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Transfusions with Older Blood Linked to Adverse Events

By Labmedica International staff writers
Posted on 11 Dec 2018
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Image: Major trauma victims who receive transfusions of packed blood 22 days old or older may face increased risk of death within 24 hours (Photo courtesy of South West London Pathology).
Image: Major trauma victims who receive transfusions of packed blood 22 days old or older may face increased risk of death within 24 hours (Photo courtesy of South West London Pathology).
After a serious injury, the leading cause of death is loss of blood. Major trauma victims who receive transfusions of packed blood 22 days old or older may face increased risk of death within 24 hours.

A blood transfusion is a safe, common procedure in which blood is given through an intravenous (IV) line in one of the blood vessels. Major trauma victims can require massive transfusions of blood or blood products in a very short time. Clinical effects of stored blood toxicity include elevated risk of clot formation, infection, sepsis, organ failure and death.

A team of medical scientists led by those at the University of Alabama at Birmingham (Birmingham, Al, USA) analyzed data from the Pragmatic, Randomized Optimal Platelet and Plasma Ratios trial. Subjects in the parent trial included critically injured adult patients admitted to 1 of 12 North American Level I trauma centers who received at least one unit of packed red blood cells (RBCs) and were predicted to require massive blood transfusion.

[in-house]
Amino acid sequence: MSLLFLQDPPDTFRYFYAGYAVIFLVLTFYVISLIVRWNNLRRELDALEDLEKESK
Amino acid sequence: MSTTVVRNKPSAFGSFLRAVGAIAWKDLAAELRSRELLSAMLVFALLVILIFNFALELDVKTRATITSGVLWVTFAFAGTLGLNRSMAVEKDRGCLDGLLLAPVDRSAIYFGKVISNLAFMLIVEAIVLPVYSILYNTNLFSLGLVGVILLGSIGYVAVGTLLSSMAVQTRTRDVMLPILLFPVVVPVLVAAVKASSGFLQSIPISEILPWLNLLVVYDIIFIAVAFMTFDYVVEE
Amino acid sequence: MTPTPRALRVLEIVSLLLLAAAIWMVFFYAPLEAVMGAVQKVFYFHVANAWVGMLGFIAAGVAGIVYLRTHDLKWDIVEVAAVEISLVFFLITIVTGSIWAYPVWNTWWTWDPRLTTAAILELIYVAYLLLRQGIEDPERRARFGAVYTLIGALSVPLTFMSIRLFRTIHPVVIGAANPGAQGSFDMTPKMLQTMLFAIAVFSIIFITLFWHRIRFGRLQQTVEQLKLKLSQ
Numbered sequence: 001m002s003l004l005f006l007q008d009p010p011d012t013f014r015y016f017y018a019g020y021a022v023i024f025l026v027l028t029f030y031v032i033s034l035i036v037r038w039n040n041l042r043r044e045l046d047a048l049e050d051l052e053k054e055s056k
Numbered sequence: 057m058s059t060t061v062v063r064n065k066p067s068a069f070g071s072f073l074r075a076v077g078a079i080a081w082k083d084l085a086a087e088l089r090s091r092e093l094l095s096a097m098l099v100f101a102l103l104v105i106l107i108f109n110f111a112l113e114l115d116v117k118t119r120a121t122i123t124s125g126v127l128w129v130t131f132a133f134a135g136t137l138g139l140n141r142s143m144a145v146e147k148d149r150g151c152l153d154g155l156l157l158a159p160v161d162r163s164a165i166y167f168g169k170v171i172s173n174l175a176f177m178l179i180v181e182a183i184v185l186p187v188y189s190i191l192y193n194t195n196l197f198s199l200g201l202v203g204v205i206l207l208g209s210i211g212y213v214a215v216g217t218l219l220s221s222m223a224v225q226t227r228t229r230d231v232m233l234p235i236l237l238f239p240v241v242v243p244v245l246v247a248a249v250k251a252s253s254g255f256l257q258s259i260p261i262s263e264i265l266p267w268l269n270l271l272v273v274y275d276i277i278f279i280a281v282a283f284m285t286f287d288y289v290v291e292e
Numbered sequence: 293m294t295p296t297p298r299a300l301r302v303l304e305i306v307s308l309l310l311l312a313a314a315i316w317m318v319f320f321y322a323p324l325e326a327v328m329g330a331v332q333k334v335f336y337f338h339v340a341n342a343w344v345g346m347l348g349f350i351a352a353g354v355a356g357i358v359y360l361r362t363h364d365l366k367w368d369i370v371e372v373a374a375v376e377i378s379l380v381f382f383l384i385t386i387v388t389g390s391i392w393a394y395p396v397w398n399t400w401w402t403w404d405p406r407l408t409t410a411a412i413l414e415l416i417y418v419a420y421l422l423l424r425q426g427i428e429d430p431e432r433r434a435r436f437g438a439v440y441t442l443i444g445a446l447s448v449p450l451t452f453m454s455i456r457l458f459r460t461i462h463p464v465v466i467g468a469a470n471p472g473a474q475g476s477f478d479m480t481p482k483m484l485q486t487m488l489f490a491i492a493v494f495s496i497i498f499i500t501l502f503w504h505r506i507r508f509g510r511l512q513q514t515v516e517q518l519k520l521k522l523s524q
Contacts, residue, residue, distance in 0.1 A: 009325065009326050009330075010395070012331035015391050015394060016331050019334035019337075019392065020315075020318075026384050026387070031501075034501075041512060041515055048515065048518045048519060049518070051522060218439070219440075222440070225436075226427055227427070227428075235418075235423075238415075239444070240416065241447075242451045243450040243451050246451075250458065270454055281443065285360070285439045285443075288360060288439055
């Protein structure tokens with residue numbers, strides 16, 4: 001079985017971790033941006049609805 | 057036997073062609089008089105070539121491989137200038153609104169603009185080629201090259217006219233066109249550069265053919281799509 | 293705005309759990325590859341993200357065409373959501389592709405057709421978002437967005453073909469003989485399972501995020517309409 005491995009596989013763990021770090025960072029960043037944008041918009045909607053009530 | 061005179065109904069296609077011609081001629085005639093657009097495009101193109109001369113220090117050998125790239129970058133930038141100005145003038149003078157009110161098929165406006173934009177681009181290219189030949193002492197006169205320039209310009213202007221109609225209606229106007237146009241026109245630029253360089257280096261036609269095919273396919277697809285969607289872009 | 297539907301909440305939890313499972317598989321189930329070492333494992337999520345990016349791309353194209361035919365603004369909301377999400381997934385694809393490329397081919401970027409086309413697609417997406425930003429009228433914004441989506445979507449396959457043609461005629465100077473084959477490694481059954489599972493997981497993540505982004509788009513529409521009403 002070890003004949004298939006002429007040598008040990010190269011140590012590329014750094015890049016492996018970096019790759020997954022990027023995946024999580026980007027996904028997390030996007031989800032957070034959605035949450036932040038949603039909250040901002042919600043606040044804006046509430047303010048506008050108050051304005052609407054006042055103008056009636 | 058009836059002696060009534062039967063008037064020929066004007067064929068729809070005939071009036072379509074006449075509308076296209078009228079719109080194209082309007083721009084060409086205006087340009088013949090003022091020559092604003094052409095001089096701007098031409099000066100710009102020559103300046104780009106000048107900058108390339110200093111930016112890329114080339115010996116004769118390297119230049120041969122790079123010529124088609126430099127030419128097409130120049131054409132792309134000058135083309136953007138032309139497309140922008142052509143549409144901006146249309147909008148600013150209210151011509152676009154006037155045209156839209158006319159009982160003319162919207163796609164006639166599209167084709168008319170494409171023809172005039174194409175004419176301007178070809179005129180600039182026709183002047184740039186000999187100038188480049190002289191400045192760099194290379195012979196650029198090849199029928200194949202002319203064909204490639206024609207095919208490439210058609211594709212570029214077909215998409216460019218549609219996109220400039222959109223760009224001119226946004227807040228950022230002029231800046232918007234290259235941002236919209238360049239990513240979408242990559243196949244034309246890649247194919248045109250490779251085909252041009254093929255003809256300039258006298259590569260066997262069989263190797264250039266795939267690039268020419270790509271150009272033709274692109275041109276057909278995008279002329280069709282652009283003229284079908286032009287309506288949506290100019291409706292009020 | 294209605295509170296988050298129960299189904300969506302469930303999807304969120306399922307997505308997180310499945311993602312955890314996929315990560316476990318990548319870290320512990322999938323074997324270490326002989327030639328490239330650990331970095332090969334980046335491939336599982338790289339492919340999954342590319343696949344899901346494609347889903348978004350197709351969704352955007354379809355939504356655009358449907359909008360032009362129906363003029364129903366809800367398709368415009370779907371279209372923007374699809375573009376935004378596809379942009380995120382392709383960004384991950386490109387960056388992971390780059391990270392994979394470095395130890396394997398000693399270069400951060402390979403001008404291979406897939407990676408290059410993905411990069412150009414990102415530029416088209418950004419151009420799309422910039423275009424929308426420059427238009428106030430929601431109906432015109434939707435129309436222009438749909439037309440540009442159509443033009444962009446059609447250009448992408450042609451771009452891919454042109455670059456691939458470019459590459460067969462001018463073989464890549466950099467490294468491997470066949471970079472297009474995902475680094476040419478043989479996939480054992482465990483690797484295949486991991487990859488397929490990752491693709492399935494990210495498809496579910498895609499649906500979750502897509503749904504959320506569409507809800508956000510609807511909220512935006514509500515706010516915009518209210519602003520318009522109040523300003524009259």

The primary exposure was volume of packed RBC units transfused during the first 24 hours of hospitalization, stratified by packed RBC age category: 0 to 7 days, 8 to 14 days, 15 to 21 days, and greater than or equal to 22 days. The primary outcome was 24-hour mortality. The team also evaluated the association between transfused volume of each packed RBC age category and 24-hour survival, using random-effects logistic regression, adjusting for total packed RBC volume, patient age, sex, race, mechanism of injury, Injury Severity Score, Revised Trauma Score, clinical site, and trial treatment group.

The investigators reported that the 678 patients included in the analysis received a total of 8,830 packed RBC units. One hundred patients (14.8%) died within the first 24 hours. On multivariable analysis, the number of packed RBCs greater than or equal to 22 days old was independently associated with increased 24-hour mortality (adjusted odds ratio [OR] 1.05 per packed RBC unit; OR 0.97 for 0 to 7 days old; OR 1.04 for 8 to 14 days old and OR 1.02 for 15 to 21 days old. Results of sensitivity analyses were similar only among patients who received greater than or equal to 10 packed RBC units. Packed red blood cells aged 22 days or more were associated with a 5% increase in mortality risk As more units of packed red blood cells were transfused, the likelihood of harm increased, the study found.

The authors concluded that increasing quantities of older packed RBCs are associated with increased likelihood of 24-hour mortality in trauma patients receiving massive packed RBC transfusions (≥10 units), but not in those who receive fewer than 10 units. Allison R. Jones, PhD, RN, CCNS, an Assistant Professor and lead author of the study said, “Our analysis shows that transfusions of packed red blood cell units stored for 22 days or longer are potentially toxic. To avoid adverse events or death, patients who require massive transfusions may benefit from receiving fresh stored packed red blood cells, or those stored for 14 days or less.” The study was published on November 14, 2018, in the journal Annals of Emergency Medicine.

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University of Alabama at Birmingham


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